– by Eva Dick
Africas largest city: Lagos in Nigeria.
The first three chapters offer a general introduction to global urbanisation trends, accesses to urban life and theories of urban development. Chapters four to eleven consider urbanisation phenomena in the global south, including:
- rural-urban migration,
- housing and housing strategies of the disadvantaged,
- eviction and demolition,
- the informal sector,
- traffic and other infrastructure issues,
- the urban fringes and
- town planning.
The book, which was published shortly before the UN conference Habitat III in Quito in October, returns to the overarching question of “one, two, many pathways to the world of cities” in its final chapter.
Some chapters are told from the perspective of imaginary rural-urban migrants. They – and in many cases their daughters, sons and grandchildren – must cope with informal employment and housing. Indeed, more than half of all jobs and homes are informal in many places and countries. Conflicts with the authorities are inevitable, as informal businesses and settlements typically do not comply with every law and regulation. It takes decades to improve slums and legalise them. Demolition and eviction occur frequently in many countries.
Urban infrastructure is mostly inaccessible to newcomers from the villages. Public transport is overburdened, and there are ever more cars on the roads. Accordingly, migrants’ mobility is restricted and marked by health hazards. Moreover, people in poor neighbourhoods – and especially the children and youth – are exposed to violence.
Conventional town planning has rarely paid much attention to poor people’s needs, housing traditions and self-help strategies. “Bottom-up planning“ is frequently a meaningless phrase. In many African and Asian metropolises, urbanisation means that people survive somehow by grasping whatever opportunities the city offers and cooperating with family back home in the village. Many households depend on money made in the city as well as agriculture revenues. From a European perspective, one might thus speak of incomplete town planning.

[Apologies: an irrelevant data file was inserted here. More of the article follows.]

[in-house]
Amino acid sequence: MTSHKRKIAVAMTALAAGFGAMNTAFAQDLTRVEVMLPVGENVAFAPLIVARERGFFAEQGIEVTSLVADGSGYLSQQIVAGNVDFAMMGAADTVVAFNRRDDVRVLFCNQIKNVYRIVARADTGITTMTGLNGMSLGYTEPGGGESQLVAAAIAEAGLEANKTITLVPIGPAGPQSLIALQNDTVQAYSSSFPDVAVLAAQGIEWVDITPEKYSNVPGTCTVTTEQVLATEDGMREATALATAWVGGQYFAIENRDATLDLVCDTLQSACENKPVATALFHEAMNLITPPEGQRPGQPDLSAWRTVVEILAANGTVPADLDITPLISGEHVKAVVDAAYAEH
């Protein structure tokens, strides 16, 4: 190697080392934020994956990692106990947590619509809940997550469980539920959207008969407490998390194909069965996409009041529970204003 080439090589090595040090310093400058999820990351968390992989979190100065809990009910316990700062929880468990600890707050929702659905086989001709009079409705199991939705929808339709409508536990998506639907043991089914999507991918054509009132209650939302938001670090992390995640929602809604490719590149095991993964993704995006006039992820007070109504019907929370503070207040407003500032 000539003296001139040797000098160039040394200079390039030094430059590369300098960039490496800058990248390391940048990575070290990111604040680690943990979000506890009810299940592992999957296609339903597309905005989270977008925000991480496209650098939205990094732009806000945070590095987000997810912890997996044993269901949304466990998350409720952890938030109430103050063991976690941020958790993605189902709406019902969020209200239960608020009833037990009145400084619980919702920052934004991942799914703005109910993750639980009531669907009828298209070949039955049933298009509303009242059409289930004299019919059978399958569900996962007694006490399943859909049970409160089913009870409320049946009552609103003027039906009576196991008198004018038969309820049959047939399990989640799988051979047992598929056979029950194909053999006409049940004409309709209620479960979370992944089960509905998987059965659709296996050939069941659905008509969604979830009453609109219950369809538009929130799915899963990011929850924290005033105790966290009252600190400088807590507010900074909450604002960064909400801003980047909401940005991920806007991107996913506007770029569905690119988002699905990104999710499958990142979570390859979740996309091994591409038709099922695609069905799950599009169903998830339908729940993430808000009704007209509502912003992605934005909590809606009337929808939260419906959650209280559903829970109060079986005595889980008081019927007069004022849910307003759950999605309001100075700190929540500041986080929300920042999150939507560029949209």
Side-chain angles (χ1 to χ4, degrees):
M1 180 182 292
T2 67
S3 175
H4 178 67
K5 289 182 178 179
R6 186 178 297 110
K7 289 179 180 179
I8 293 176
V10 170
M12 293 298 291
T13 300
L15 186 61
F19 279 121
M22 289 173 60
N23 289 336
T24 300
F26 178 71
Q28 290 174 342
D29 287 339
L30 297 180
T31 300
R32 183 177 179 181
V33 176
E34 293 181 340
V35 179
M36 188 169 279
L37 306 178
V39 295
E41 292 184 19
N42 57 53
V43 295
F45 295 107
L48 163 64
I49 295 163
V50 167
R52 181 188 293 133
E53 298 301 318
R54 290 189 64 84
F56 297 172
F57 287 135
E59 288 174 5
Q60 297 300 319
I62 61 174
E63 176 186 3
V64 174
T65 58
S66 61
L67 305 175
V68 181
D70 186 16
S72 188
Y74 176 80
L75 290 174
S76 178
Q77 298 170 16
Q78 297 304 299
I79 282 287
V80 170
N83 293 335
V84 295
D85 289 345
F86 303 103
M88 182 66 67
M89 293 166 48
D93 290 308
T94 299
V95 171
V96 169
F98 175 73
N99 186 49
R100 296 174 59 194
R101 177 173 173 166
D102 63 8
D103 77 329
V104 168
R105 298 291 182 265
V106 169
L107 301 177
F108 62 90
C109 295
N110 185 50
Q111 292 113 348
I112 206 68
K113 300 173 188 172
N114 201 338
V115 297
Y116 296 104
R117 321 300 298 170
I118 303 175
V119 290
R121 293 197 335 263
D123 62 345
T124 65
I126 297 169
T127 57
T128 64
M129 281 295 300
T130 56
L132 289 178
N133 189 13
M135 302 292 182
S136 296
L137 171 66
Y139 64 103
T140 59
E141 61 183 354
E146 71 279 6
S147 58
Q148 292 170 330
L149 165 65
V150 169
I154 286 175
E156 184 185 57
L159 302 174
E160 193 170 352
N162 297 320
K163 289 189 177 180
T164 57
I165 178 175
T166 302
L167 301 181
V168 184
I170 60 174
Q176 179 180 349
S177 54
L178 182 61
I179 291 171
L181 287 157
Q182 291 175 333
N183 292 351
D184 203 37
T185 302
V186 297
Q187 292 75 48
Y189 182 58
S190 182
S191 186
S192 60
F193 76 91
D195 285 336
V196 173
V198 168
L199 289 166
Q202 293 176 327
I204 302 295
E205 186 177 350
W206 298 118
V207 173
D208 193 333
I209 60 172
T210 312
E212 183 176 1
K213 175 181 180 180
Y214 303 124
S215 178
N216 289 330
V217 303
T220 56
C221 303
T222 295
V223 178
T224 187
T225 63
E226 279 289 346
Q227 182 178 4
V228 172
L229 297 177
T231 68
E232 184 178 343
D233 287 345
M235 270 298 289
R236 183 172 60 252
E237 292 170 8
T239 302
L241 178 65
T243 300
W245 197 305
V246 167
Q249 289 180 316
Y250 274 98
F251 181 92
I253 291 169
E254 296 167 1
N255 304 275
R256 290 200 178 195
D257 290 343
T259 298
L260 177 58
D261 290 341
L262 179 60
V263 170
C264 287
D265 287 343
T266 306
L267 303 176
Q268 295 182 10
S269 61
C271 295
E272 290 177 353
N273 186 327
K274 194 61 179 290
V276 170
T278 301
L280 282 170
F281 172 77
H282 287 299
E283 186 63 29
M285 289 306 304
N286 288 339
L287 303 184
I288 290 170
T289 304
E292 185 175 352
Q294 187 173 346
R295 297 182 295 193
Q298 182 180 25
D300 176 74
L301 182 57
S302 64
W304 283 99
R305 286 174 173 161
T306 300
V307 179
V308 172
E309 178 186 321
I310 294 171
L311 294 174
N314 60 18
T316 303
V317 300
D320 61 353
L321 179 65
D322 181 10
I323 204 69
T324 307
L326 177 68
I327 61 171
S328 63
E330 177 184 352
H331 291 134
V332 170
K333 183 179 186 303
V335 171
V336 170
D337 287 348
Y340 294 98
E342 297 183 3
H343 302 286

This vivid and attractive book refers to many different sources: scholars’ theories, empirical research, international and national statistics, political analyses, fiction writing and interviews. Not least, Schmidt-Kallert conveys a host of insights and observations that result from his professional work and travels.
The final chapter returns to the issue of overarching urbanisation patterns. The author concludes that, if at all, patterns can be identified for regions or countries, after considering Latin America, Africa and Asia in a kind of “round trip”. Moreover, our time’s major (urban) challenges – such as social inequality, climate change and violent conflict – take context specific forms, according to the scholar. For example, extreme exclusion and privatisation are typical of South America’s highly urbanised societies, he states, though similar trends are becoming evident in all megacities and even major towns of emerging markets.
Schmidt-Kallert does not accept the dystopia of fragmenting agglomerations, and spells out his personal utopia: in the global south’s different regions, experts and residents will develop unconventional alternatives to the currently prevalent forms of urbanisation – and these alternatives will go beyond the New Urban Agenda that Habitat III adopted in Quito in October.
Schmidt-Kallert, E., 2016: Magnet Stadt: Urbanisierung im Globalen Süden (magnet city: urbanisation in the global south, in German). Wuppertal: Peter Hammer Verlag.
- Schmidt-Kallert, E., 2016: Magnet Stadt: Urbanisierung im Globalen Süden (magnet city: urbanisation in the global south, in German). Wuppertal: Peter Hammer Verlag.